Most of us have experienced this scenario. Someone, perhaps a friend or relative, is venting to us about their partner. They're registering an endless list of complaints and qualities their partner has that drive them crazy. They tell stories of shouting, insulting, accusing, and stonewalling. Yet, if you're brave enough to ask, "So, why do you stay in the relationship?" the person looks confused and says, "because I love them."
The truth is, we all have ways of treating the people closest to us of which we are not proud. We all harbor certain defenses that can make us resist our loving feelings or avoid intimacy. Love makes us feel vulnerable, even fearful, as it opens us up to the great possibility of being hurt. As human beings, our struggles with love are many, but perhaps the most serious obstacle in our quest to find and sustain genuinely loving relationships is our basic misconception about what love is and our resulting difficulty achieving it.
Many people believe that love is automatic. It's something that happens to us. We think of ourselves as "falling" in love, as if we have no control or choice in the matter. Granted, this is often how it feels, for instance, when a small gesture makes us realize how crazy we are for the person we're dating or when our baby flashes his first smile. I'm certainly not denying that people do experience their feelings of love as an almost outside force that suddenly overtakes them. However, I believe that many people also fail to understand or acknowledge their own, often limited, capacity for accepting and giving real love, as well as the power they have to influence and develop it.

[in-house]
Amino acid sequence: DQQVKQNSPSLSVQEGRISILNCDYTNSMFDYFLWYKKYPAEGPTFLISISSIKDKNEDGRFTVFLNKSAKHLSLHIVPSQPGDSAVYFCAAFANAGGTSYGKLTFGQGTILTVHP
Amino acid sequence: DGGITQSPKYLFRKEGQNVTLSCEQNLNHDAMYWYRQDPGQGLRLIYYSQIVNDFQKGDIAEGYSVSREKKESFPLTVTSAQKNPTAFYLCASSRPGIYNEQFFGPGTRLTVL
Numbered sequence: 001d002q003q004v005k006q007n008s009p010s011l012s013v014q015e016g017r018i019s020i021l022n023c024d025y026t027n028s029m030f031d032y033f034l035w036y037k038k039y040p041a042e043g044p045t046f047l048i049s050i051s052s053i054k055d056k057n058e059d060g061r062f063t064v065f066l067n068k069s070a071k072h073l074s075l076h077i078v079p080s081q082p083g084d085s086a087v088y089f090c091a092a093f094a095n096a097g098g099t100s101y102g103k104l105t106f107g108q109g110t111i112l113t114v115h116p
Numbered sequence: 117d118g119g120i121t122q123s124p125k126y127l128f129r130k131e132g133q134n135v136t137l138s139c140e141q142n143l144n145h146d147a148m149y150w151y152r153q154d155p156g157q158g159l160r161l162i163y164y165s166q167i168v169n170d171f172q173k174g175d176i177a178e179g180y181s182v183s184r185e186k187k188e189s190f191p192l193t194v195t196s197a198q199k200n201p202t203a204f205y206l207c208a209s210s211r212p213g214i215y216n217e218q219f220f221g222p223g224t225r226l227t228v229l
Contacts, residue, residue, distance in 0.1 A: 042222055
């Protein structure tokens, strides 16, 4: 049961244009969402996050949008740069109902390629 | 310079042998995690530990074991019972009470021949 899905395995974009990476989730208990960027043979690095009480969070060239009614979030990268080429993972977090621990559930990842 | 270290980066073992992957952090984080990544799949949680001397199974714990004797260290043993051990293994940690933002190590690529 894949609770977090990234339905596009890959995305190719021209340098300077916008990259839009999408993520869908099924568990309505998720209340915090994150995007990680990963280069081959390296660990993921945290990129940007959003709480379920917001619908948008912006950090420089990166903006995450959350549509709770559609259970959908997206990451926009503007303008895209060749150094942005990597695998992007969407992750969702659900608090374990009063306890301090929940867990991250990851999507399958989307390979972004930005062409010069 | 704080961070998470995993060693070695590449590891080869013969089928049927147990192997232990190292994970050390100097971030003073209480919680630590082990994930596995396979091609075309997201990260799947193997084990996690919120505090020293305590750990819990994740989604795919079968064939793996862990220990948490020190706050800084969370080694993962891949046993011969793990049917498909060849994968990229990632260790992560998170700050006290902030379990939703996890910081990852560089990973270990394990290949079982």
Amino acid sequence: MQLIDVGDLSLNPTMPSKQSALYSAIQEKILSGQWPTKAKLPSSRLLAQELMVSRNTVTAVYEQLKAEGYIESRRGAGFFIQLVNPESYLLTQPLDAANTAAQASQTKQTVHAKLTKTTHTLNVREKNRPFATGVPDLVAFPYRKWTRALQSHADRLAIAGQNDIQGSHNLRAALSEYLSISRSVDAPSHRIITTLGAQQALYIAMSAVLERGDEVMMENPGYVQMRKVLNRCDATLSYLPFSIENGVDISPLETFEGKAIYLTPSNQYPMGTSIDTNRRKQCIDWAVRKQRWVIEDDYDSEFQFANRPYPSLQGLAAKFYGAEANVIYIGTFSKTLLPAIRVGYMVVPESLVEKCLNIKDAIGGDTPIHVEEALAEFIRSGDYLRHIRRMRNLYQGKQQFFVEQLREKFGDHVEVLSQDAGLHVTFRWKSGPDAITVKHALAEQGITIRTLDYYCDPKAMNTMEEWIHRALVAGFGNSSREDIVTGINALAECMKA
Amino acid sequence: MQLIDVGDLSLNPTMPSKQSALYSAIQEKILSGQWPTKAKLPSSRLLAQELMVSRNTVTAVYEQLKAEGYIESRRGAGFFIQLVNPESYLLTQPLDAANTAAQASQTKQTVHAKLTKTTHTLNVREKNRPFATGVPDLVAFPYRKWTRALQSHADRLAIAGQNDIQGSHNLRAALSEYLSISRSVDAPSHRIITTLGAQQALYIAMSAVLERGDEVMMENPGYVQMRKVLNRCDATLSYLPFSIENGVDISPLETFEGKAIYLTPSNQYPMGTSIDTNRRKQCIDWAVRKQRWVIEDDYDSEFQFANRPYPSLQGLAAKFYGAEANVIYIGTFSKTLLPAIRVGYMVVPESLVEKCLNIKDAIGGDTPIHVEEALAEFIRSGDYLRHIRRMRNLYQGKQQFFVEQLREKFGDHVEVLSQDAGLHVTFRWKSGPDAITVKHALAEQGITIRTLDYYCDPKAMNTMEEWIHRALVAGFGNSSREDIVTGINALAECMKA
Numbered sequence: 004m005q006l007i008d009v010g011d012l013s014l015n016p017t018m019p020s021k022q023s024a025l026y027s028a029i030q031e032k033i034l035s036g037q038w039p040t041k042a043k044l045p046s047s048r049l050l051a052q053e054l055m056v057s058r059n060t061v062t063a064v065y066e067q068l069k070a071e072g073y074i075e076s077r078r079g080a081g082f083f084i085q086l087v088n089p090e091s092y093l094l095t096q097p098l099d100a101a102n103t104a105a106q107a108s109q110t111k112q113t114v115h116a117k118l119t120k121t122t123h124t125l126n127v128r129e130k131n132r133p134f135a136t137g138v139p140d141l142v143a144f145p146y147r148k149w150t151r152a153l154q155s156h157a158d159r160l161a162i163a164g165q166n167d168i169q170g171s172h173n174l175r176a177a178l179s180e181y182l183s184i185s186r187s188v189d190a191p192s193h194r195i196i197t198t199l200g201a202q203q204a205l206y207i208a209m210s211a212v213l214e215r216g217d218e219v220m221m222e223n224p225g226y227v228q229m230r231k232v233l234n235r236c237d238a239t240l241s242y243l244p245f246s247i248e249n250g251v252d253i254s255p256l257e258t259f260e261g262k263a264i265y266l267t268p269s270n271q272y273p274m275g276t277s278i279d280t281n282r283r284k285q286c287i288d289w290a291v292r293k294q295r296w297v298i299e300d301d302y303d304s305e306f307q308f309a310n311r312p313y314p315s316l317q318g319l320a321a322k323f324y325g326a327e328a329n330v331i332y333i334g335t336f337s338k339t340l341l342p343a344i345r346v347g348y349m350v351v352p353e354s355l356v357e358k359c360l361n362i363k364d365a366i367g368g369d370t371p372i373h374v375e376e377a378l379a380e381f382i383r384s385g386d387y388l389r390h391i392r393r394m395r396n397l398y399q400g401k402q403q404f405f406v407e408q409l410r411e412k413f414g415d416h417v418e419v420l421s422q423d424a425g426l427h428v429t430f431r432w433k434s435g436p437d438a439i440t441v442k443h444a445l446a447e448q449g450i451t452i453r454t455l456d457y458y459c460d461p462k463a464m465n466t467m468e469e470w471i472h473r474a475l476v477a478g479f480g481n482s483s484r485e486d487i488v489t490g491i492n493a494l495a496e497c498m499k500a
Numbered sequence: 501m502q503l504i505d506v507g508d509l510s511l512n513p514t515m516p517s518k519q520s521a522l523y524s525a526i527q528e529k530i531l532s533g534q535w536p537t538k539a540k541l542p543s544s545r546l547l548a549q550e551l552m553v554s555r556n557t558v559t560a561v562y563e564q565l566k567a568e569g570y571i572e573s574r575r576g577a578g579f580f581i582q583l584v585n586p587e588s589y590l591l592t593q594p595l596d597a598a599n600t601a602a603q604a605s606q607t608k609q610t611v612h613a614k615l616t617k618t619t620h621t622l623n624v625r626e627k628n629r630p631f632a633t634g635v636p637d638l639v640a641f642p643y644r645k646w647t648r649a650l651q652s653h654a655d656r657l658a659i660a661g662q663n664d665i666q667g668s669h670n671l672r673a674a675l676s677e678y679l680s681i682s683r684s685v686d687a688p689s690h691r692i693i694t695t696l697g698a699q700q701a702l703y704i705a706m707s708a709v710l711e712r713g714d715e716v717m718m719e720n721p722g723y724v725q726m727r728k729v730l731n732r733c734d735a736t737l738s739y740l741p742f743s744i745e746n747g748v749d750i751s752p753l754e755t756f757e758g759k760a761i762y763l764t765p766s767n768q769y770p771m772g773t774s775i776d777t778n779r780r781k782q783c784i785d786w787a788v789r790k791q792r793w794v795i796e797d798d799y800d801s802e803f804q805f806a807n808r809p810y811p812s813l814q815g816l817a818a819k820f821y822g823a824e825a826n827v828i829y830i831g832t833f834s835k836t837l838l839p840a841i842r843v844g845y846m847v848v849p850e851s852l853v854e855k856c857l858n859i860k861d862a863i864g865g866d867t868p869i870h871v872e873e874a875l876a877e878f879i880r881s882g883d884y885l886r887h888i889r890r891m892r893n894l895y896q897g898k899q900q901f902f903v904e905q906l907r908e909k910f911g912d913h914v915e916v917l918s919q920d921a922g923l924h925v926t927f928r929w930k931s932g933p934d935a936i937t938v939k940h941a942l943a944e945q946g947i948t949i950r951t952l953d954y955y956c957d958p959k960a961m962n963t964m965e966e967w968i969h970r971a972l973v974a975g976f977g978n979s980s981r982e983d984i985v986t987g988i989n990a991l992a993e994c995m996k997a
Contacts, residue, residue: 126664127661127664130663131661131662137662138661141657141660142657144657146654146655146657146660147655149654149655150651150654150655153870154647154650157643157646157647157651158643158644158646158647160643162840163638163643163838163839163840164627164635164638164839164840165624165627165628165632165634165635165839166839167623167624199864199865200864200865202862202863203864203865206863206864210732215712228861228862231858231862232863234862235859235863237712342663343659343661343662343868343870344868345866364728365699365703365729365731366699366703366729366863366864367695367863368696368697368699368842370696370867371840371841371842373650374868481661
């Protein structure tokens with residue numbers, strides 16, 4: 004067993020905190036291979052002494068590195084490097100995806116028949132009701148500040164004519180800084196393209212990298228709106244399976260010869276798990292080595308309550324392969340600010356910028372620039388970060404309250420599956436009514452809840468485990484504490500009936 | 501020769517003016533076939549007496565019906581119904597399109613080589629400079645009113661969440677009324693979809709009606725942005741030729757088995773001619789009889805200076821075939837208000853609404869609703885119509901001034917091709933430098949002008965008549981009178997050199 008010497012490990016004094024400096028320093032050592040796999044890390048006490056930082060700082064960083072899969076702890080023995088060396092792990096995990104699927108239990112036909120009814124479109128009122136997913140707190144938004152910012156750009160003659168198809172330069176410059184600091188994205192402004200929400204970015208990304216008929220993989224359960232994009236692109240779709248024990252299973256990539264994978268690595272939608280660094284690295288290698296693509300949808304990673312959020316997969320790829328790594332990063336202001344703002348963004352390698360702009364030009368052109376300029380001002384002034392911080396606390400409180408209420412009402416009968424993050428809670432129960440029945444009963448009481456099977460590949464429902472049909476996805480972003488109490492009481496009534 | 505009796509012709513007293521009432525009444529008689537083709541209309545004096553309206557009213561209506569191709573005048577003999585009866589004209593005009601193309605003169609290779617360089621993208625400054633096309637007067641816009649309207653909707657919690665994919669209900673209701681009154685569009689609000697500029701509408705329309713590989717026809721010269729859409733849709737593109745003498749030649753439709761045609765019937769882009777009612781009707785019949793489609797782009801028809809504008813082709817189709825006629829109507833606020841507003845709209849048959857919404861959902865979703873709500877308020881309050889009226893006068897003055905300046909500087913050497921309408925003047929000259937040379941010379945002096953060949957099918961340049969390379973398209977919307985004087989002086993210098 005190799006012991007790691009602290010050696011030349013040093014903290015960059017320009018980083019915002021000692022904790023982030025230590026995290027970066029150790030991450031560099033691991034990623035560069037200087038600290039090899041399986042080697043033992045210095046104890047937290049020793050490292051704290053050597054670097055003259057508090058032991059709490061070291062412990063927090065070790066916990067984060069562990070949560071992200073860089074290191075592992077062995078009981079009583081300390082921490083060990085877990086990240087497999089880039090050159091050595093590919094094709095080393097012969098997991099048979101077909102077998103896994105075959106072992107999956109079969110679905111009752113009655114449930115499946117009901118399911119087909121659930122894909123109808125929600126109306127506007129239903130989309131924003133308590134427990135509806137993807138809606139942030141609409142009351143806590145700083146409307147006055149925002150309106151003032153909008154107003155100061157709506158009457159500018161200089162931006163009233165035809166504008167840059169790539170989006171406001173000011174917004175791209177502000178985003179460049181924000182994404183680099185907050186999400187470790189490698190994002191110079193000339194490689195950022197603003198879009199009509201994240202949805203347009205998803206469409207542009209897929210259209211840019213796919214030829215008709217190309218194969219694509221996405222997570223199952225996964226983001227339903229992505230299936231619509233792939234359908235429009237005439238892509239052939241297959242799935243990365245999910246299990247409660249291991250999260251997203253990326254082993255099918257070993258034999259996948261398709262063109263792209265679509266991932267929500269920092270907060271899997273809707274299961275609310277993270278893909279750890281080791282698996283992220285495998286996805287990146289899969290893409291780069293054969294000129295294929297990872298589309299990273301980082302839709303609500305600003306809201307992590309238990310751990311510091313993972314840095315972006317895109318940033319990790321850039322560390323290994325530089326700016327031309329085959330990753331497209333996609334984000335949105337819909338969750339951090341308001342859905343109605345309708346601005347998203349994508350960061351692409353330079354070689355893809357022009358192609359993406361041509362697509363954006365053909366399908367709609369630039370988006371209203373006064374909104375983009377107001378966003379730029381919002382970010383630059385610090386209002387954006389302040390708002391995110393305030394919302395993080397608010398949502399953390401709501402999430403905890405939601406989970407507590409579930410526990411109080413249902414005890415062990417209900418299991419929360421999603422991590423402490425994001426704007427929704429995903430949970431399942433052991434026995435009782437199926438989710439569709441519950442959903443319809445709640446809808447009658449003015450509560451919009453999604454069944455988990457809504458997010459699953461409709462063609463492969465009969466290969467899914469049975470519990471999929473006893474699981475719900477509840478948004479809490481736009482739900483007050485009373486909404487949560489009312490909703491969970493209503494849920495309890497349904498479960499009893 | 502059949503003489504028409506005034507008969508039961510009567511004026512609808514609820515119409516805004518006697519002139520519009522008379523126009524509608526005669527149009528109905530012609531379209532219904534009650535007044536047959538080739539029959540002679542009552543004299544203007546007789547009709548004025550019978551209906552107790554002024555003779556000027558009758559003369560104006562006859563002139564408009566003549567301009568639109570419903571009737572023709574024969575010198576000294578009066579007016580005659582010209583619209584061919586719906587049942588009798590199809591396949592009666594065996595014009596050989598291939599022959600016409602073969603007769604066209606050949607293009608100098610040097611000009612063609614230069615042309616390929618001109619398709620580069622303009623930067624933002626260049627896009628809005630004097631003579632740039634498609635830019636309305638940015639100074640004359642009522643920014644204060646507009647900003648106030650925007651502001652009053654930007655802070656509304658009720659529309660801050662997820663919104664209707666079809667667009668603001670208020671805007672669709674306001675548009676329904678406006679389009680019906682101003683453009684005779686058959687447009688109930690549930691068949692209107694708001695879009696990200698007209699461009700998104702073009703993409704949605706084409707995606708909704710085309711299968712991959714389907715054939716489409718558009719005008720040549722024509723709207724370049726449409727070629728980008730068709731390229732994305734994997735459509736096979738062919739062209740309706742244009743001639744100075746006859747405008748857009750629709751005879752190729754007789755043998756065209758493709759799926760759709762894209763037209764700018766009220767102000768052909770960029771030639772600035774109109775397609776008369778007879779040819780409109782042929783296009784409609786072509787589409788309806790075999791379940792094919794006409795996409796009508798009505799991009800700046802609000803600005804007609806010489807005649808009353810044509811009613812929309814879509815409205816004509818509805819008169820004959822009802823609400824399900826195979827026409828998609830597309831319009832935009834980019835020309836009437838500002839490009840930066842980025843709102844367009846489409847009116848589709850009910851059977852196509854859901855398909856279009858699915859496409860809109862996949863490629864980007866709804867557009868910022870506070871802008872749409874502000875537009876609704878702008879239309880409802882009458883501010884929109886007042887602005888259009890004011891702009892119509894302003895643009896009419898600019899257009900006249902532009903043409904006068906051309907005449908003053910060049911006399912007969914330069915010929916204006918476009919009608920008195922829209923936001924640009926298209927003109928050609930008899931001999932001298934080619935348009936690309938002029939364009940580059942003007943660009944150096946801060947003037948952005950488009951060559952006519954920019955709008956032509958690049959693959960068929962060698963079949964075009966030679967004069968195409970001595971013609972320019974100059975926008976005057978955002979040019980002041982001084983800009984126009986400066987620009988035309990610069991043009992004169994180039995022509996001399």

Almost every one of us struggles, to some degree, to stay connected to our loving feelings. From the day we're born, our earliest environment informs our ability to love. If we felt loved and nurtured as a child, we grow up feeling more compassion and empathy. The more loving people we had in our early lives, the more we're able to accept and offer love. If our parents or early caretakers had trouble feeling or expressing love toward us, we'll likely have difficulty loving ourselves and may then struggle in our relationships. We may be distracted by self-hatred and self-doubt and, therefore, are not fully available or receptive to those close to us and the love they offer. We may be afraid of opening up and taking a chance on love, so we keep those who love us at a distance and keep our loving feelings to ourselves rather than expressing them.
Early experiences of feeling hurt or rejected can injure our ability to connect with and sustain our loving feelings. As a result, we start to defend ourselves and substitute or mistake other things for love. We may look for validation or security. We may pair up with people who reject, hurt, or mistreat us in ways that feels old, familiar, and therefore, comfortable. Without realizing it, we'll often choose partners whose defenses match with ours, so that we can never achieve the closeness we think we want, but in truth, have trouble tolerating, because it is so far from what we're used to.